Farmland, Featured, Landmarks, Ranchland
Rancho Sisquoc Winery
An exclusive excerpt from Rancho Sisquoc: Enduring Legacy of An Historic Land Grant Ranch.
Fifty years ago, Rancho Sisquoc owner James Flood and his ranch manager Harold Pfeiffer made the decision to plant grapevines on the ranch. It was a bold move. They were among the very first to plant grapes in the Santa Barbara area. But Flood had noticed that the area’s climate and soil compared favorably with the renowned growing regions of Napa and Sonoma.
“My understanding in reading Harold Pfeiffer’s report and hearing the stories growing up,” says James’s eldest daughter, Judy Flood Wilbur, “was that Harold was told to always feel free to try different crops to see what might work. When the orange grove failed because of frost and the rising costs of labor, Harold suggested that Daddy plant grapes. As a result, we were the first, or one of the first, in the valley to plant grapes.
“Daddy [later] helped Steve Miller, the owner of Bien Nacido Vineyards in the Santa Maria Valley, with his first vineyard.” The move proved fortuitous, explains Matthew Dennis Kettman in Vines & Vision: The Winemakers of Santa Barbara County. “The glories of growing wine grapes in the Santa Maria Valley are well documented: With a wide mouth opening onto the cool Pacific, it stays quite cool in all seasons with huge diurnal shifts in temperature, allowing grapes to ripen over a long season while retaining acidity. Rancho Sisquoc enjoys similar qualities, but because it is so far up the valley, it also gets more warm sunshine.”
In 1968, Harold Pfeiffer and James Flood decided to plant test plots of Reisling, Chardonnay, and Cabernet Sauvignon vines, the success of which led them to plant 100 acres of vines. They started a nursery in 1969, then planted 29 acres in 1970, 48 acres in 1971, and 28 acres in 1972. In 1974, 87 acres were planted, followed by 18 more in 1981.
The first Rancho Sisquoc wines were bottled in 1972 under the private reserve label of James Flood with the “F” brand on the label. Five years later, the winery was bonded, and the first commercial wines were released under the Rancho Sisquoc label. Harold Pfeiffer crushed the first Cabernet Sauvignon, using only estate-grown grapes, with a baseball bat and a trash can.
In 1977, he recalled in his notes, “We had three dairy tanks and a wooden tank for fermenting. We also had one small press and a hand corker.” In the early years, wines produced were Cabernet, Riesling, and Rosé of Cabernet. Pfeiffer had a funny story about the Rosé.
“In 1980, David Champion was winemaker. He let the Rosé of Cabernet go completely dry. In desperation, we blended some Johannesburg Riesling into it to add a little sweetness. We won our first gold medal with this wine.” Other winemakers included Stephan Bedford, who for more than a decade was instrumental in raising the profile of Sisquoc wines in the early years; Stephan is now proprietor of Bedford Winery.
By the 1990s, approximately 10,000 acres throughout Santa Barbara County had been planted with grapes. The vintners were just starting to understand the unique characteristics of the region, shaped largely by the fact that the valleys run east to west rather than north to south, in contrast to the rest of the West Coast. Since the initial planting in the late 1960s of nine acres of Johannesburg Reisling and 40 acres of Cabernet Sauvignon, Rancho Sisquoc Winery now has more than 300 acres under cultivation in two vineyards: the 200-acre Flood Vineyard, planted in 1999, and the 100-acre McMurray Vineyard, planted in 2000. A new production facility was built in 1994, while several buildings have since been added for wine production and sales. These support the production of anywhere from 10,000 to 20,000 cases per year. While the Santa Maria Valley is known for Pinot Noir and Chardonnay, the Sisquoc vineyards bottle varieties like Sylvaner (produced in only one other California vineyard) and all five varieties of Bordeaux. Sarah Holt Mullins was raised on Rancho Sisquoc. Her father, Ed Holt, worked at the ranch for 41 years. He was made vineyard manager in 1987, then served as overall manager of the ranch until 2018.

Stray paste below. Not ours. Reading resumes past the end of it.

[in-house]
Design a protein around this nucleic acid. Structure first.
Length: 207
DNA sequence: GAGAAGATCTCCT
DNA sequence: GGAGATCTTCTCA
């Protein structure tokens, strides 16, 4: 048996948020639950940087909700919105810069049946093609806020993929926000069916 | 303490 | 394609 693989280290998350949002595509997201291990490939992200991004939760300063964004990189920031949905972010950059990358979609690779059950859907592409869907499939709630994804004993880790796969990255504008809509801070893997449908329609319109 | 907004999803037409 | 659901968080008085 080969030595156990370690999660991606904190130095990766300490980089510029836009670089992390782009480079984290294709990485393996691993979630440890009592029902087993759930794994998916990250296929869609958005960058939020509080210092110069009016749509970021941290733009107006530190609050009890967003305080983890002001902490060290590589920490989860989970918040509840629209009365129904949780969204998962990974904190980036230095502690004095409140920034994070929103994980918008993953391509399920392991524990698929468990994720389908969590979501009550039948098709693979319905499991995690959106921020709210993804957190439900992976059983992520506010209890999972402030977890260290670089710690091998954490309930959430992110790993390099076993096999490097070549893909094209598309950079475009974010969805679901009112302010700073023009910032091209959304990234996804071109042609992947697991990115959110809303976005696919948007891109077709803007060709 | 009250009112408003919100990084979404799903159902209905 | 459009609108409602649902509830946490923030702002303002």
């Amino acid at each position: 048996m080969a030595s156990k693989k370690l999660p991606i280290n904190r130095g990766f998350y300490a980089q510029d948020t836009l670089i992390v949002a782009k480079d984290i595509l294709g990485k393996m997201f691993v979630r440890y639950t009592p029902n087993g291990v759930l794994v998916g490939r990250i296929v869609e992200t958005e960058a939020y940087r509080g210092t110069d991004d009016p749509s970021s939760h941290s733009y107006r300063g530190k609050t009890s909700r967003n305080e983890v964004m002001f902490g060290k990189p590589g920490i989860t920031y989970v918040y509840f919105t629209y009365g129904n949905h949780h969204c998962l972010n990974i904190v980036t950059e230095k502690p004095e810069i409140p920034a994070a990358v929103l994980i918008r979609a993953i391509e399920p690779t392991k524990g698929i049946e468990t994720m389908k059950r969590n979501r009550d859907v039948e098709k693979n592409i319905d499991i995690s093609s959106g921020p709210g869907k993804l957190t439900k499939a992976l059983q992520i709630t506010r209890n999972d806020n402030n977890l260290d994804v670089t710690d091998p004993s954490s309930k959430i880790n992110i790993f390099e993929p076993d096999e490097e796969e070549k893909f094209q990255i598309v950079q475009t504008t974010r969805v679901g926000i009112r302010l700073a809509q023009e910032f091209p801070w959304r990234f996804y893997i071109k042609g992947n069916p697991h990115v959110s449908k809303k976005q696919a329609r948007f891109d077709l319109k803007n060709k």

In 2014, Sarah became Rancho Sisquoc’s winemaker. When interviewed for Kettmann’s book Vines & Vision: The Winemakers of Santa Barbara County, she said, “I’m trying to make wine that showcases this ranch. We’re tucked way back out there, and I just want to bring our wines to the forefront.”
In 2019, Sarah Holt moved to Ohio, at which time the assistant winemaker, Steve (“Smitty”) Smith — who grew up nearby and had been at the ranch since 2008 — became head winemaker.
Other longtime winery staff included Francisco (Juan) Gutierrez, who was hired on to Rancho Sisquoc as an irrigator in 1976. He originally came to California from Mexico and taught himself English by watching television. By 1978 Juan was working in the vineyard, and in 1986, he was named vineyard foreman, a position he held until his retirement in 2017.
Rancho Sisquoc sells most of its grapes to other producers but saves 40 acres’ worth of the most special fruit for its 16 varieties of wines, many of which regularly receive scores of 88 to 91 points by Wine Enthusiast and Wine Spectator. Sisquoc’s estate wines have won multiple awards at various events, including the 2016 California State Fair, where they took home a gold and four silvers. More recently, the 2016 Pinot Noir and Syrah both received gold medals and scored 92 points in the 2019 Sunset International Wine Competition. In the 2020 San Francisco Chronicle Wine Competition, Sisquoc wines were awarded Best of Class for the 2017 Cabernet Franc, Double Gold for 2017 Cabernet Sauvignon, plus an additional three golds, four silvers, and two bronze medals.
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